Sitting in Berlin in the midst of the eurozone crisis feels like being trapped in the eye of a hurricane. All around Europe the storms of alarm and despondency rage, but in the German capital there is an unearthly hush.

No one seriously doubts that Berlin holds the key to the crisis: as the largest and most prosperous economy in the eurozone, Germany is the one country that can provide the guarantees needed to stabilise the 17-nation European monetary union.

But it is not just economic leadership that the federal republic enjoys inside the European Union. It now has political leadership of the EU thrust upon it. That is a situation in which many Germans feel deeply uncomfortable. They want to be a big Switzerland, prosperous and neutral, not the decisive European power that dictates the rules to the rest.

It seems as if Germany just cannot win. If Berlin spells out what it wants, it is accused of being a jack-booted bully. Even perfectly sensible suggestions get taken the wrong way.

Yet if Angela Merkel, the German chancellor, keeps quiet, or simply repeats the same constant mantra – “if the euro fails, Europe will fail” – she is accused of failing to provide the leadership Europe so urgently needs.

Thus it was, this week, when Wolfgang Schäuble, her wise but sharp-tongued finance minister, spoke out about Greece. In a radio interview, the man widely regarded as the most passionate pro-European in the German government repeated several times his determination to rescue the Greek economy. Then he dared to express his deepest concern: that the political parties in Athens might fail to carry through the drastic reform and austerity programme to which they are nominally committed.

He wanted to reassure German taxpayers they were not pouring their money into a bottomless pit. Comparing Greece with Italy, he suggested that it might be better to postpone elections scheduled for April, and install a government of technocrats – with cross-party backing – to take those unpopular measures.

“Who is Mr Schäuble to insult Greece?” retorted Karolos Papoulias, Greek president. A Greek newspaper warned of the country being taken over by a “Schäuble junta”.

There is no doubt Greece is going through hell these days trying to meet the demands of its eurozone partners. Greeks feel humiliated at having to beg for cash. Germany is instantly identified as the culprit. The problem lies on both sides. Mr Schäuble thought he was simply stating the obvious, but in the febrile atmosphere in Athens it was bound to produce an hysterical reaction. As for Mr Papoulias’s response, it reveals a fundamental misunderstanding of modern Germany. Greek politicians are not alone in that.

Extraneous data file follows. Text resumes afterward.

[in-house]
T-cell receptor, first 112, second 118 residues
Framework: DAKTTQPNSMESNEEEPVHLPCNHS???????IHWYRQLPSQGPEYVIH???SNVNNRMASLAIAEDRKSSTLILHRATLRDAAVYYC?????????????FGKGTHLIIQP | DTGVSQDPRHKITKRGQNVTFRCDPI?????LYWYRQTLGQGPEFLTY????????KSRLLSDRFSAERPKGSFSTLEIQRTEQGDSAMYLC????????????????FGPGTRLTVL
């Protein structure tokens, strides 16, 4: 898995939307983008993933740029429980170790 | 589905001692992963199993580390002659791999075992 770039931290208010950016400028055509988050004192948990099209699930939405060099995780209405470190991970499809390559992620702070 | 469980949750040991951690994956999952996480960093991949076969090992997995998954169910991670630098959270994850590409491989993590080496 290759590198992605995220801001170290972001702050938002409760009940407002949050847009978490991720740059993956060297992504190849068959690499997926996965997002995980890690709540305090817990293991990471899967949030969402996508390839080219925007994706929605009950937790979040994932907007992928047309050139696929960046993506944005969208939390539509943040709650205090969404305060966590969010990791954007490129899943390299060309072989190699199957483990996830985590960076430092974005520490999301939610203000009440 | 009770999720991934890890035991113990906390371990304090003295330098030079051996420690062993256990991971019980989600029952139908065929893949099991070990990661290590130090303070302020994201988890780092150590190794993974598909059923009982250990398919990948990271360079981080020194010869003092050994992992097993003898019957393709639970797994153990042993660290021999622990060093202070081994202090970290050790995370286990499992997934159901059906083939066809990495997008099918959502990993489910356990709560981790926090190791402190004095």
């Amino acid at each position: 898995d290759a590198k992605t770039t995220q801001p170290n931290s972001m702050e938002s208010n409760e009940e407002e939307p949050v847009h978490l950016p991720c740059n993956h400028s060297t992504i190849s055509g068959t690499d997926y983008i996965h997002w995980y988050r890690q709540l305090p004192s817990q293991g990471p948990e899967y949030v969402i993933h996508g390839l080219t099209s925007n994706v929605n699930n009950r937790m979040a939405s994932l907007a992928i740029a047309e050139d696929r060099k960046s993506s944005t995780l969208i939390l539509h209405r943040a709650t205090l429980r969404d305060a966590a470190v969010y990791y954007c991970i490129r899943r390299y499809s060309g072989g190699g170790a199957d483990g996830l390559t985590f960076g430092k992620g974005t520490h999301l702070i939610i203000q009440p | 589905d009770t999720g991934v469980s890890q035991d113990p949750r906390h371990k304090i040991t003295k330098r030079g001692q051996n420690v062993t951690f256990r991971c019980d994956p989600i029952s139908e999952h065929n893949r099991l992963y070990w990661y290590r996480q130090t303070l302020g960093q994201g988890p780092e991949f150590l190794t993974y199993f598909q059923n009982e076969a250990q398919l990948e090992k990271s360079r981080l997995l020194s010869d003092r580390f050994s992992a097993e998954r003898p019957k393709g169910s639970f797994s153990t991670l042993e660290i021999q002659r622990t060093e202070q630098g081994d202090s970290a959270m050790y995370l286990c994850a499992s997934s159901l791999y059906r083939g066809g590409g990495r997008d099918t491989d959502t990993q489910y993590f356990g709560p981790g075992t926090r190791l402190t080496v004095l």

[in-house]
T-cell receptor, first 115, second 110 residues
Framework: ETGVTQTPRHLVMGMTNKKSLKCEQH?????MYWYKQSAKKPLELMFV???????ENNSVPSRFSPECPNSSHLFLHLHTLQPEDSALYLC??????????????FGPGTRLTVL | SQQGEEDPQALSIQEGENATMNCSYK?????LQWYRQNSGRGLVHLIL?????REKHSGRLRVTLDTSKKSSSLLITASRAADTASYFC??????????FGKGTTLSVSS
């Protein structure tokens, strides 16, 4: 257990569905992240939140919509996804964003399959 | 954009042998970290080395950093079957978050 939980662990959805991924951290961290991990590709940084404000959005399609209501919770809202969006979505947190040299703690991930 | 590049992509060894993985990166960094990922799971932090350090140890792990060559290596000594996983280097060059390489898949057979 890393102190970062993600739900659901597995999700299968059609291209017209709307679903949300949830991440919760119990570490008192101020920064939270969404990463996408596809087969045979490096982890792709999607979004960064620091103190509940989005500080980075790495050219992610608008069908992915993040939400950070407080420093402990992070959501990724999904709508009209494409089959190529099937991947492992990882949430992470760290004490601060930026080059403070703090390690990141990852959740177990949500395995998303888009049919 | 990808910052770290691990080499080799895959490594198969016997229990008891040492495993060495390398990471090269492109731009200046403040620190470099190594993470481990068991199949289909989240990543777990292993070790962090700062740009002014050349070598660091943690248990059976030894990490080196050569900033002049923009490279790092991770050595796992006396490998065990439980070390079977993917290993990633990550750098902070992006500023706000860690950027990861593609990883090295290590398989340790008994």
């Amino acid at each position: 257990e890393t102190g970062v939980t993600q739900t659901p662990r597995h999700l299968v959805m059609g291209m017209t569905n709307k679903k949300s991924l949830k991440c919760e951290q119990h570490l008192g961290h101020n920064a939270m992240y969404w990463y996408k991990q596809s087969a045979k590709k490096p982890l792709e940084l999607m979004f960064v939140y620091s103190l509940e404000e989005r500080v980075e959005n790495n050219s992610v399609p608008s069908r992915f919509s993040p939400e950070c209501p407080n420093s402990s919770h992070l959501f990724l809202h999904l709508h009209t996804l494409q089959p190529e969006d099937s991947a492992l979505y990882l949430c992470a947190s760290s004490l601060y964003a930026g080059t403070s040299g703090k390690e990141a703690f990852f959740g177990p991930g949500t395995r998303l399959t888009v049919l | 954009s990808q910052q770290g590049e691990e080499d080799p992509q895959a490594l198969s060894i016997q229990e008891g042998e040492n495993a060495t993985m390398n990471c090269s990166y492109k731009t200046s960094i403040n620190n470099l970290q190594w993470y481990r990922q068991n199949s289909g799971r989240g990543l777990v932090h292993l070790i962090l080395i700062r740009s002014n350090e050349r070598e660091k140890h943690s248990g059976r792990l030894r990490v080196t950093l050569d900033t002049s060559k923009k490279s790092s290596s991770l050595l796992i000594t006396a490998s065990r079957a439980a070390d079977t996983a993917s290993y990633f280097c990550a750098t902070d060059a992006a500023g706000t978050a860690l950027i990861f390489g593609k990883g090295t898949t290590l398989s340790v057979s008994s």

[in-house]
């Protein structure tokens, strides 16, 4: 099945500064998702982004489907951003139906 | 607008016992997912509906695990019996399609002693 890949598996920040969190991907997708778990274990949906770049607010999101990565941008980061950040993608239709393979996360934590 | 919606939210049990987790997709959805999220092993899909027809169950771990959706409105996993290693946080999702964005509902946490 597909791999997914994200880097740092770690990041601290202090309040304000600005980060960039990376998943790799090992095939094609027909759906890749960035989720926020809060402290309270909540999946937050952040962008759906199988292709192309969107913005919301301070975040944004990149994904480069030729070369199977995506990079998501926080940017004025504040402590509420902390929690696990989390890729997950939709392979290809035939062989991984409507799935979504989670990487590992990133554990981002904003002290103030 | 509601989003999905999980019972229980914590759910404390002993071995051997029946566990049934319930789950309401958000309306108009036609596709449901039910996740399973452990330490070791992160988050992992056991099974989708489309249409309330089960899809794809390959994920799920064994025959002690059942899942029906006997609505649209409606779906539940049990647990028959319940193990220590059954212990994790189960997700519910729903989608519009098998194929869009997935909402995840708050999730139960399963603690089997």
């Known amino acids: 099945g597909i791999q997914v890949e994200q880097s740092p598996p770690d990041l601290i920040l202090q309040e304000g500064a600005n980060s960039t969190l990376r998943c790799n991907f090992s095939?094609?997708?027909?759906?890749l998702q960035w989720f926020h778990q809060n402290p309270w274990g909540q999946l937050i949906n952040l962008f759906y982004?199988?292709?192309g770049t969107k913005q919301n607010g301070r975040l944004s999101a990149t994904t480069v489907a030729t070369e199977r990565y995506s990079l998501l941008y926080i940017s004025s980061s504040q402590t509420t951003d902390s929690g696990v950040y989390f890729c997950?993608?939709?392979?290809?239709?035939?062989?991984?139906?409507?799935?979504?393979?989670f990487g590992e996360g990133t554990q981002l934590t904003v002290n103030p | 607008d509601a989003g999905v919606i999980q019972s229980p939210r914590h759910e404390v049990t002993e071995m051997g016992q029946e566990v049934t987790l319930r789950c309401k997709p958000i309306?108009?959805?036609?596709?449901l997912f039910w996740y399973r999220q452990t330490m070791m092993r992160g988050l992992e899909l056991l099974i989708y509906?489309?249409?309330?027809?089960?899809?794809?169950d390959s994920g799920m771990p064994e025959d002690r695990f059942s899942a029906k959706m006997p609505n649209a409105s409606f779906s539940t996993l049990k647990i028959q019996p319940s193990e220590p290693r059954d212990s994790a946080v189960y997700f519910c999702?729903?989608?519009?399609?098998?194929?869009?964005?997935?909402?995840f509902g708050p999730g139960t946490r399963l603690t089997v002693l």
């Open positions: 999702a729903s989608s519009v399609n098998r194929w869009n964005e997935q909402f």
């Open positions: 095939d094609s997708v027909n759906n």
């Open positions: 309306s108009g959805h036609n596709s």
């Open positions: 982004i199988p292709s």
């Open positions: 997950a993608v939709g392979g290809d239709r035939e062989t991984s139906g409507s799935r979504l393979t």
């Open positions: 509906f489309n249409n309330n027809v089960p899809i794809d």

Postwar Germany is both profoundly provincial and committed to Europe. The federal system keeps central government in check, locked into a system of coalition government that is consensual and slow-moving. Both politics and the bureaucracy are dominated by lawyers (Mr Schäuble is one) who believe passionately in the need for rules and respect for the law. It makes for a confusing mixture of compromise and inflexibility. Mixed messages emerge from the different centres of power, not least from the finance ministry and the chancellor’s office, until they can agree a common line.

Angela Merkel is the personification of that balancing act: both stubborn and pragmatic. She is a conciliator, not a visionary. In spite of the best efforts of cartoonists, she neither looks nor behaves like a bully. After years of Germany’s failing to punch its weight in Brussels, she manages to dominate the European Council through a mixture of conviction, charm and an ability to master her brief better than anyone else at the table.

In learning to be a leader, Germany can still be clumsy and insensitive. The finance ministry’s idea of sending a Sparkommissar to run the Greek budget was a case in point. Yet the reality is that the EU will end up controlling Greek spending for the foreseeable future. The Greek finance ministry has proved itself incompetent, but Berlin now knows it cannot be seen to suggest it. That’s why there’s a hush at the eye of the storm.

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